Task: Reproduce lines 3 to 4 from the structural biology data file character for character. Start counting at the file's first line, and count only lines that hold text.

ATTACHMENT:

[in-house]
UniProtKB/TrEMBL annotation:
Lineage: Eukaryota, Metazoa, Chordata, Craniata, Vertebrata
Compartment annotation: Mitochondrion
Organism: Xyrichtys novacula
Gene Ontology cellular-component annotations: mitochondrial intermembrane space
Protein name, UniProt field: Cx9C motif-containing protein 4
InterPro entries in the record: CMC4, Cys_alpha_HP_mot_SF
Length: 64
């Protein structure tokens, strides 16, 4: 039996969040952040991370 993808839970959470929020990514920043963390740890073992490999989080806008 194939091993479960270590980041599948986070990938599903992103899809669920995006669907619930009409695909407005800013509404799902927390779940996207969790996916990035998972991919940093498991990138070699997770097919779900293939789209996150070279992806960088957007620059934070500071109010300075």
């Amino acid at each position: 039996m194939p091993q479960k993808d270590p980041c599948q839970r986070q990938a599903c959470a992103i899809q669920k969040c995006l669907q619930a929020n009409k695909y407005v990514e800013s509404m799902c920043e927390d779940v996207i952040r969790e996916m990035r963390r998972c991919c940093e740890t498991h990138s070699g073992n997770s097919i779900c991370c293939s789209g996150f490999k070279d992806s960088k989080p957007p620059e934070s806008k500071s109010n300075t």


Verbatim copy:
Lineage: Eukaryota, Metazoa, Chordata, Craniata, Vertebrata
Compartment annotation: Mitochondrion